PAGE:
Similarities with the more affordable Moto G30 continue on with the 6.5in screen, which is just as a great deal of a handful below and topped with a teardrop notch that manages to prevent currently being far too obtrusive.
Each phones have the exact major, vivid Liquid crystal display screen, with a 1600×720 resolution and 90Hz refresh rate. It really is a welcome move up from the common 60Hz screens you may find on much less expensive telephones, but not quite as buttery easy as 120Hz panels you may uncover on pricier handsets.
Interestingly, 90Hz feels like a far more worthwhile inclusion here than it did on the Moto G30, which would stutter when scrolling by picture-major web-sites. The Motorola Moto G50’s CPU might seem to be a lot less able on paper, but the more recent silicon is more productive and does a much better work at retaining up with your faucets and swipes.
The telephone can make a decision when to ramp up to 90Hz to help save battery, but the extra smoothness is worthy of a number of hrs considerably less amongst outings to a plug socket. A larger resolution would have been a wonderful addition, as textual content and photos usually are not notably sharp, though you only really notice with your nose pressed towards the glass.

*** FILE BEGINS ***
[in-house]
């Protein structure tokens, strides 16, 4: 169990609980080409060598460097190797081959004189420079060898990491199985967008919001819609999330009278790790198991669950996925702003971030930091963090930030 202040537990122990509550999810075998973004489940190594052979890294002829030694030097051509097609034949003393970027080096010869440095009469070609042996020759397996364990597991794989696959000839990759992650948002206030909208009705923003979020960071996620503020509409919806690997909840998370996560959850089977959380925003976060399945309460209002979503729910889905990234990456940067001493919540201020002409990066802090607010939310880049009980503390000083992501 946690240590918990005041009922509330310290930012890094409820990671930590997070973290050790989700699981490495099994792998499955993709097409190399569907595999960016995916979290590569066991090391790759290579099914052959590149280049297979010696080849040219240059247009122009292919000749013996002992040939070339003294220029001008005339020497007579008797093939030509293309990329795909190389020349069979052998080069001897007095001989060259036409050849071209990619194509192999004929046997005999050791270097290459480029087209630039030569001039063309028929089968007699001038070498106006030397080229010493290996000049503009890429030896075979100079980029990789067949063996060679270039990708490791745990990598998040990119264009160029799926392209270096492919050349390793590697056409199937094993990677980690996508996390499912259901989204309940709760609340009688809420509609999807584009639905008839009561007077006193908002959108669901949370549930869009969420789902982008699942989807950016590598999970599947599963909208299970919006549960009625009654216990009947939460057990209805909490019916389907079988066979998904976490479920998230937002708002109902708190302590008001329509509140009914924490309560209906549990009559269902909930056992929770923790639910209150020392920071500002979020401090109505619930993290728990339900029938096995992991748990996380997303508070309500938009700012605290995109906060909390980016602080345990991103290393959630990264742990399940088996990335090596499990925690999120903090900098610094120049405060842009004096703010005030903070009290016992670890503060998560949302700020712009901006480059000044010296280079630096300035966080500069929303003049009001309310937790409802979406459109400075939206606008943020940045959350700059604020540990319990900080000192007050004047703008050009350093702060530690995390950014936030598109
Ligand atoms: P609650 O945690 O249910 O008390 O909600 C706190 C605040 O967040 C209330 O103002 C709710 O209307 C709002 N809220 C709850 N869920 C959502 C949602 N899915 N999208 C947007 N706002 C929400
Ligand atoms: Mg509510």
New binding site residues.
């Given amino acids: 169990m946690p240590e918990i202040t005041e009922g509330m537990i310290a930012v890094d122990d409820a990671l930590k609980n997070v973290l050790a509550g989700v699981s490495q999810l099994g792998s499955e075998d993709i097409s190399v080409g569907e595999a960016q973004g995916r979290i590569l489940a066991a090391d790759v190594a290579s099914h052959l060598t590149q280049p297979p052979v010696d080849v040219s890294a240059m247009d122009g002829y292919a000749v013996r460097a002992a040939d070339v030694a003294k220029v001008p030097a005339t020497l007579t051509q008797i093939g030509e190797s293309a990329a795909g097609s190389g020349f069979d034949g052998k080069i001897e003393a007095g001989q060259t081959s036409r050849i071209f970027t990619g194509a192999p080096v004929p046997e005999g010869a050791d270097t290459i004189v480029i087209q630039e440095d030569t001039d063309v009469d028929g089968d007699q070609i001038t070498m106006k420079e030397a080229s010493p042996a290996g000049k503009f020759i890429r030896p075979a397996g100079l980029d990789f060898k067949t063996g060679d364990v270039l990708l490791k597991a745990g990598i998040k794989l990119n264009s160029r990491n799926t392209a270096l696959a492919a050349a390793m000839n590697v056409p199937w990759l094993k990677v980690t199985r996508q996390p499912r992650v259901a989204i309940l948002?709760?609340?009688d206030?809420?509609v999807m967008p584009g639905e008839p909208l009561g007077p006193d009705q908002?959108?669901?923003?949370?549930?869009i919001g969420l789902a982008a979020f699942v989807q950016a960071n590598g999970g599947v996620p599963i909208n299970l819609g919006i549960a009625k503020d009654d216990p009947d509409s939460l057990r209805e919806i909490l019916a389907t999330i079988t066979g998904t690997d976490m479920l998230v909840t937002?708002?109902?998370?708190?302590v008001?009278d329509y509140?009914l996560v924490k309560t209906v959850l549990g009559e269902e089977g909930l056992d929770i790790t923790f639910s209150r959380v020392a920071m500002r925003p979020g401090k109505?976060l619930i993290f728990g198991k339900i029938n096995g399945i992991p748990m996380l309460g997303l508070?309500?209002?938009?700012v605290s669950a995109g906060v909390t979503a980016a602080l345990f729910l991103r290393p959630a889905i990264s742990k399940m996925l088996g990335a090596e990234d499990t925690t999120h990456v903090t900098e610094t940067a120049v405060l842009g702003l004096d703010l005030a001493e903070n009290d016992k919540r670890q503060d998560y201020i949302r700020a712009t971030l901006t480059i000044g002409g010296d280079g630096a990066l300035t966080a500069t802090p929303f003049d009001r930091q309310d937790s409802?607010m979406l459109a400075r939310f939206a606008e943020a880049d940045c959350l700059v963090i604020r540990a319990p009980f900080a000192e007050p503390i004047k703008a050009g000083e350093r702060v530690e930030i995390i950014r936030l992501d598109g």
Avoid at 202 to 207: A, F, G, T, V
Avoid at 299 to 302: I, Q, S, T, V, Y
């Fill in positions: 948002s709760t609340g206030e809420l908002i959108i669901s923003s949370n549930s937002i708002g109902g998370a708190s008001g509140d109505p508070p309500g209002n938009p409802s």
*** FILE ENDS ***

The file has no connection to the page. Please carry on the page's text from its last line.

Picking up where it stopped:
It at minimum provides on outdoor brightness, so you should not struggle to read through WhatsApp messages though out and about. Really don’t go anticipating HDR support or cinema-grade picture high-quality and you is not going to be also dissatisfied with the Motorola Moto G50’s image top quality, which is respectable enough for a £200 cellular phone.
Colors are a small muted on the default location, and the two other selections you should not make a important distinction. Distinction is only Alright, way too, which saps videos of visible punch, but YouTube clips glance first rate adequate.
Seem quality continues to be a disappointment, with the solitary down-firing speaker at its best when enjoying spoken phrase podcasts. Most tunes seems rather severe after you crank the volume, so you can expect to absolutely want to use the 3.5mm headphone port.